Learning Style for Every Mind
Three weeks into my daughter’s first grade experience, and I knew we were in trouble. Part of her curriculum involved a spelling test at the end of each week; we were given the word list on Monday and expected to help our student study it throughout the week. My attempts at getting her to write each word out three times, over and over, were met with, well, resistance, to put it lightly.
Afternoons became something both my daughter and I dreaded. As the low grades began to trickle in, I lamented to my former roommate, Kathryn Welch, who was a middle school teacher and reading interventionist for twelve years at Pearl Junior High School.
“Based off what you’ve told me, Gracie is a kinesthetic learner,” she said. “Have you tried pouring salt into a casserole dish, and have her write out the words with her finger?”
The tears and tantrums were replaced with giggles and smiles, and Gracie began asking to “play with the salt.” Homework time still isn’t something I get excited about, but once I implemented Kathryn’s suggestions, Gracie’s grades made a positive turn, and I keep a Pyrex dish of salt handy throughout the school year.
There are four learning styles: kinesthetic, auditory, visual, and reading/writing. These learning styles address how information is ideally processed by an individual. Everyone learns through all of these styles. But asking an auditory learner to read a book, as opposed to listen to an audio book, is like asking a left-handed person to write with their right hand. It’s doable, but it takes extra effort to process and remember that information. Kinesthetic learners are tactile; they enjoy hands-on projects. Auditory learners enjoy lectures, discussing topics and podcasts. Visual learners will gravitate to graphs, pictures, and prefer images over words. Reading/writing learners like taking notes and reading assignments.
If you don’t know your child’s learning style, take some time this summer to try out different activities that are tailored to each way of processing information. “Summer is unique time, because it presents learning opportunities that can’t happen in a classroom. Learning doesn’t have to end when school lets out,” says Kathryn. “Having enrichment activities makes them a better student, and a more well-rounded person.”
Kinesthetic learners will love collecting flowers or bugs! Give them a bucket of chalk and draw new words, Bible verses, or multiplication tables, and decorate inside the letters or numbers. At the pool, have diving sticks labeled with numbers, each corresponding to a fact or question, and have them answer each one after they bring it to the surface.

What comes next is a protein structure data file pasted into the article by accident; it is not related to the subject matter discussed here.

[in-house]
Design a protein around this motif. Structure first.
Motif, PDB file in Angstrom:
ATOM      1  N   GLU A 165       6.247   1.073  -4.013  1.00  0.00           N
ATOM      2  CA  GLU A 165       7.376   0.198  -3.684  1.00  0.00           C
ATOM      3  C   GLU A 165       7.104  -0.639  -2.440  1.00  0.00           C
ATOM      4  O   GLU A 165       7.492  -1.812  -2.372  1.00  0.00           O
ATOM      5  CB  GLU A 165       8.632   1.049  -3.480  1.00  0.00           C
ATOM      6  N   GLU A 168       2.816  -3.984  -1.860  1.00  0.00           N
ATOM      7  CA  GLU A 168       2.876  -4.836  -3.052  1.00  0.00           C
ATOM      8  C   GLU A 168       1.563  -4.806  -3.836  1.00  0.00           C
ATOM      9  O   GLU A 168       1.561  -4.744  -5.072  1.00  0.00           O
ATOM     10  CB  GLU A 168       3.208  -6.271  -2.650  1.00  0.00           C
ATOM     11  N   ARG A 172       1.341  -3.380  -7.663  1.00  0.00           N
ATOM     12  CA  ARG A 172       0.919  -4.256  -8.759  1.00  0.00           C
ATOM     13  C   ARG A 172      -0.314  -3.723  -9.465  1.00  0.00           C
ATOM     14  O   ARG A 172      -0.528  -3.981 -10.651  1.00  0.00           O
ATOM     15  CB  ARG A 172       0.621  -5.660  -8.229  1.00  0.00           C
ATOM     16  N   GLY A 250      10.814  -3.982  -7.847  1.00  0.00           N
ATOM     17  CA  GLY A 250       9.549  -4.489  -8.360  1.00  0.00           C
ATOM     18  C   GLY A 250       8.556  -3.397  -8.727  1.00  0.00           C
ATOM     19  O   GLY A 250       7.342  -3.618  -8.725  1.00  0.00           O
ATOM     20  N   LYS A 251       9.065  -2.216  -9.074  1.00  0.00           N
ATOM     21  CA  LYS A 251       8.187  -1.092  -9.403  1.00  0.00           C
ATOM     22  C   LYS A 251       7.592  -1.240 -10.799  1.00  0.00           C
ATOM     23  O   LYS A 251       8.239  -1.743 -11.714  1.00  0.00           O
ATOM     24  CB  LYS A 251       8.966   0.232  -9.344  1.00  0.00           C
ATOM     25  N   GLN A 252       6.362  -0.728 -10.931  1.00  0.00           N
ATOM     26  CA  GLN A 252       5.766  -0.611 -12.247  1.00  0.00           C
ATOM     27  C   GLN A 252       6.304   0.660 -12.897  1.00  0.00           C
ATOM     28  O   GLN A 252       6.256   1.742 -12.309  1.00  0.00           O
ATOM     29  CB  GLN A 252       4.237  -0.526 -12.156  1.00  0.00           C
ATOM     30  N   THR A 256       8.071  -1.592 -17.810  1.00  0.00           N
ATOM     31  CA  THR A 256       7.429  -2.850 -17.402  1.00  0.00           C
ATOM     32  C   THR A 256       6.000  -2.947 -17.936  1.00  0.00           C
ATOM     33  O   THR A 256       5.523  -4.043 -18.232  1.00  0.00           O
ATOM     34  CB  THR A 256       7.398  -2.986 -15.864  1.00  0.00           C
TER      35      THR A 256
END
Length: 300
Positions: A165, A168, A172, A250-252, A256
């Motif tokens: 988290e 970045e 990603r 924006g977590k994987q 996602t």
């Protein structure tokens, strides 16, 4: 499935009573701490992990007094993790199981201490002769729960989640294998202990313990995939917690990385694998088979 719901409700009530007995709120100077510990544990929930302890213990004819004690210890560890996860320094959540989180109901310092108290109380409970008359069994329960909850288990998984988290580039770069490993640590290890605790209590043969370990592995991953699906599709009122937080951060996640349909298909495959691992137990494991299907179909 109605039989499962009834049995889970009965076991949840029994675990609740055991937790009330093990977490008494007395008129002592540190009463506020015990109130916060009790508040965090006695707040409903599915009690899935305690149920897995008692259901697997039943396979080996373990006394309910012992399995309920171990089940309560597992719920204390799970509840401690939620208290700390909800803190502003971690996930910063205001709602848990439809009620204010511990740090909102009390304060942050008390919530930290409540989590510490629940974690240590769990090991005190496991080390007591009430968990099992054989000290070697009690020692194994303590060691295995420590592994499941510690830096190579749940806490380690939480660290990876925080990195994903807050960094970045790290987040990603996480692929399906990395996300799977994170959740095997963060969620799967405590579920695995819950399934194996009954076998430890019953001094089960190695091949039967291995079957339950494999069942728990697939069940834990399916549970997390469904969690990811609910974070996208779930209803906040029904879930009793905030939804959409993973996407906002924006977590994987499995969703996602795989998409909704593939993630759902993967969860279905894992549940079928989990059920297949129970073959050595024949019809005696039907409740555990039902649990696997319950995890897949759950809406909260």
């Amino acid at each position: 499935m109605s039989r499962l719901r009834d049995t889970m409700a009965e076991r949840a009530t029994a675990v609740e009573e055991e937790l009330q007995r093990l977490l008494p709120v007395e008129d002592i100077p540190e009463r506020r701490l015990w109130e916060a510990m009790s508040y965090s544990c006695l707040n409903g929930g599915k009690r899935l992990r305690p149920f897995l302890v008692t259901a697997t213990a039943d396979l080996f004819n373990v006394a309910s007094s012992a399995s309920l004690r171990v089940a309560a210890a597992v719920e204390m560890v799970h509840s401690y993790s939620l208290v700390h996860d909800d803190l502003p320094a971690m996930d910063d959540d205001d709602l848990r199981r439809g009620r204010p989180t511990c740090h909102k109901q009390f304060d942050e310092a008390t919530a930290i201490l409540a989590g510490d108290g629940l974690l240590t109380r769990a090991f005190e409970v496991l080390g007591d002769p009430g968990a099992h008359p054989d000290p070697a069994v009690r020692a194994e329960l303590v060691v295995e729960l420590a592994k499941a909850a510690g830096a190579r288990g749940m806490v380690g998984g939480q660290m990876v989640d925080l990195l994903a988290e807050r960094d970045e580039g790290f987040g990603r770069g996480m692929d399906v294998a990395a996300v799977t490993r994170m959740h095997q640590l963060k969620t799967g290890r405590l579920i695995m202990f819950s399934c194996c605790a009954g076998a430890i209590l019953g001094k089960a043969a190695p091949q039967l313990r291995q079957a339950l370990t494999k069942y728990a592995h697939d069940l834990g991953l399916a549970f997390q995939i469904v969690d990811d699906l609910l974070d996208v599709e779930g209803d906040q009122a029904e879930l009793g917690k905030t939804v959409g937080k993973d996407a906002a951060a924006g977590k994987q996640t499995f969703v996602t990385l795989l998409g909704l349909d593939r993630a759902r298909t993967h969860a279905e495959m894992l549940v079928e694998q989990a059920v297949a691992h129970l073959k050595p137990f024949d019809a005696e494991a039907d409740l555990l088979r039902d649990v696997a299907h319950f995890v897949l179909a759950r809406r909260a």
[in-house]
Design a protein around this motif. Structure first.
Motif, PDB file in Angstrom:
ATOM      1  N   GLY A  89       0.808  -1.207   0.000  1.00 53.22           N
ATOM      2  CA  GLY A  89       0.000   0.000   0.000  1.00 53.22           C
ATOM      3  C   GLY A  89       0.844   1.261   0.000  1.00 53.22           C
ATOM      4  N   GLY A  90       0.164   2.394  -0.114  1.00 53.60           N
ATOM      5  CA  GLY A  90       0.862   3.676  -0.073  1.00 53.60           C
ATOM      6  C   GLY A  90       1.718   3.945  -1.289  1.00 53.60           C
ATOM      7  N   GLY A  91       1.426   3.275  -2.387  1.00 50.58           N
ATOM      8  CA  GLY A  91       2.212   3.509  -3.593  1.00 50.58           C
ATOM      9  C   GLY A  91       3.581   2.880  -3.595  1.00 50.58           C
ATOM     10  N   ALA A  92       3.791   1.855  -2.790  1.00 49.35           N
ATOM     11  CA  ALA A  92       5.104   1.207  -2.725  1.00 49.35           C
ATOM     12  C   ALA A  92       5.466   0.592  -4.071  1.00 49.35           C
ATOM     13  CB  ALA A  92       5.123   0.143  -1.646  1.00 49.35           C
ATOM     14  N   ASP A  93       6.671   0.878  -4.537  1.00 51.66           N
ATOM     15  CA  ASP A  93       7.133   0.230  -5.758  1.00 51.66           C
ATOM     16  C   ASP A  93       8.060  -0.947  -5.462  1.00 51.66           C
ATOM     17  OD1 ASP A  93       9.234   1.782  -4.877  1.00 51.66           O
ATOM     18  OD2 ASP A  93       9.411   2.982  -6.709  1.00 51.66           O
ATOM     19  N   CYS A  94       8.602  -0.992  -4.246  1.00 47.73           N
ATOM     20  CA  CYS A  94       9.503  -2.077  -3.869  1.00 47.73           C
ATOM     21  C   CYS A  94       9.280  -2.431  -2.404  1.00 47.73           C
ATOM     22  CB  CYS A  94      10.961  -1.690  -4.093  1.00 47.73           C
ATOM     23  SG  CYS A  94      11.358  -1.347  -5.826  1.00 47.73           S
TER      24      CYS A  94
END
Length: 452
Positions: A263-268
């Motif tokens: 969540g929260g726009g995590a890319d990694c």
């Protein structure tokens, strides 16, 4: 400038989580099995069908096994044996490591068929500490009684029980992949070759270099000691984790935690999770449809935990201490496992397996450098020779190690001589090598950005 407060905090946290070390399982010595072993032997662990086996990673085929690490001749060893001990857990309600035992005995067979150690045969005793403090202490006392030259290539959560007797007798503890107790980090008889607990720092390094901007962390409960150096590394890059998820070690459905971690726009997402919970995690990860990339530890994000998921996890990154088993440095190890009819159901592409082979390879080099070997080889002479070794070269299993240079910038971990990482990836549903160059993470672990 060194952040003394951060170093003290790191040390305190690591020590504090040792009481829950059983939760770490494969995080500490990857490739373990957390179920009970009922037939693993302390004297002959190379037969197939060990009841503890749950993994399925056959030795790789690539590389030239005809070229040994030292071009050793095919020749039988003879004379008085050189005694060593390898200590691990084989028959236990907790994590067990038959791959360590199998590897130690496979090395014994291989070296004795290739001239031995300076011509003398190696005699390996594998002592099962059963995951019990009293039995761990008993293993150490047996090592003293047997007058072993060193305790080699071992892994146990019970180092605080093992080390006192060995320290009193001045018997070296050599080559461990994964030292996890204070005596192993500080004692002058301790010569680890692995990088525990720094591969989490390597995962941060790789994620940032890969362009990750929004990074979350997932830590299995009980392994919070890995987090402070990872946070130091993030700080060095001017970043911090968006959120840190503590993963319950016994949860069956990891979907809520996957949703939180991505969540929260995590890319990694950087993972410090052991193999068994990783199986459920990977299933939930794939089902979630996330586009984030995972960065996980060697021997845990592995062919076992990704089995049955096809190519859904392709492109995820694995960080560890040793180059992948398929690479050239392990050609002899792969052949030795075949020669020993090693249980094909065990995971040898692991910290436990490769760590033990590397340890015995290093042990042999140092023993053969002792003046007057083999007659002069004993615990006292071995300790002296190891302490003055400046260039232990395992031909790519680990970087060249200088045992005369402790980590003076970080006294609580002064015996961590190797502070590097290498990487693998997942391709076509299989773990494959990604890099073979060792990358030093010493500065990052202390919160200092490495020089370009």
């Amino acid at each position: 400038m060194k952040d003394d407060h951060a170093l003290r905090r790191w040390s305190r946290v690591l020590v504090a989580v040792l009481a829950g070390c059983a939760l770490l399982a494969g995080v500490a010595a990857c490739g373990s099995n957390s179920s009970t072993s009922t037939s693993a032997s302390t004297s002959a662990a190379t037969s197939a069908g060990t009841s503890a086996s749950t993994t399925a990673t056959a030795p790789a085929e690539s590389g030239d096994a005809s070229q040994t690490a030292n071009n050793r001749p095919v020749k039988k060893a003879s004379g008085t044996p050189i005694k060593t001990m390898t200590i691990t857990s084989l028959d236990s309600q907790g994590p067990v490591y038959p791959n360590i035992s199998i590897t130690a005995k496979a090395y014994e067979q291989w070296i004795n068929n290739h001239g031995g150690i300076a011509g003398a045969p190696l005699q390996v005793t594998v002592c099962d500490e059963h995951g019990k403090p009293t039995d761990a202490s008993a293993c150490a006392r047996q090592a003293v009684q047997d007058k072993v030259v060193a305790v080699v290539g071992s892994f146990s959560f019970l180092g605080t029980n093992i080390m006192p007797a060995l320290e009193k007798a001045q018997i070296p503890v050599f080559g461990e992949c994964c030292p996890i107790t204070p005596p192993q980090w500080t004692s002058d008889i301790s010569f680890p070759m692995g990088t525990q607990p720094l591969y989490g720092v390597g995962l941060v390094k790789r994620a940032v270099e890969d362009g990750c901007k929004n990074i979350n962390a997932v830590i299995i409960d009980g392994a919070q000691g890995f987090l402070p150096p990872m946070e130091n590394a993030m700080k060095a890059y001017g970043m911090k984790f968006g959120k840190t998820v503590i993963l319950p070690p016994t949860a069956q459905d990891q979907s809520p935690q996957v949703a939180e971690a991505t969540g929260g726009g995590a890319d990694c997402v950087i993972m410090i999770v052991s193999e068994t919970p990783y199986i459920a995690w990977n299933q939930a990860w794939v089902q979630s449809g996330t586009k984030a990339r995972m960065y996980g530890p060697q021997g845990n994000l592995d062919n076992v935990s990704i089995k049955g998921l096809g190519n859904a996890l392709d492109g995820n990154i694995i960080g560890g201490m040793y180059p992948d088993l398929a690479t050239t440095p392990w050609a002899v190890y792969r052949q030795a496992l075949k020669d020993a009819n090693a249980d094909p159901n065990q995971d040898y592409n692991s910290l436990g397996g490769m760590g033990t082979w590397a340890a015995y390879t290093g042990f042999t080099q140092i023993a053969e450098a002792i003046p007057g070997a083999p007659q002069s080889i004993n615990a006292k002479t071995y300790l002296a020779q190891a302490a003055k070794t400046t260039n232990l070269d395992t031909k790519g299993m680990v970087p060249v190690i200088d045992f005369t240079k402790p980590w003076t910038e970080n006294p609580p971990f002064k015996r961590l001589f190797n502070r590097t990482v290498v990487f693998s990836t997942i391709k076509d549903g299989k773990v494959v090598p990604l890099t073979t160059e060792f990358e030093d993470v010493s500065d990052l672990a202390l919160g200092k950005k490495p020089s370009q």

An auditory learner will love listening to summer reading in audio version (make sure they read it, too!). You can help them memorize the states and capitals with a song, or set up a pretend school so they can “teach” grade-level facts to their collection of stuffed animals. Giving them a recording device to use as a personal journal would be a great gift to an auditory-leaning teen, too.
A visual learner may enjoy creating a photo series of a family trip, or of a walk in the park. Hand your phone over and allow them to take pictures of the event; print the photos out and have them arrange them on a large piece of cardstock. They can present the project to family over dinner; you’ll be amazed at what they choose to include and the details they’ll remember.
Reading/writing learners are the most at home in the classroom, as they enjoy taking notes and reading for homework. You can change it up by giving your student a stack of post-it notes, and have them label items all over the house (in a different language, too, if they’re older!). Have them use Power-Point to give a presentation on which summer activities they’re most excited about.
“It’s important to know your child’s learning style, because everyone learns differently. Knowing how they learn allows you to tailor both formal and informal educational opportunities,” says Kathryn. One of the joys of parenting is learning about the little humans living in your house; each one is unique in countless ways. Discovering a child’s learning style opens the door to lessons that allow them to flourish, not flounder. Plus, it’s a great way to avoid some of those inevitable homework fights, too!
Sarah Lowman Reynolds is a freelance writer living in Brookhaven, MS. Visit her blog www.SouthernFriedLove.org to get to know her better.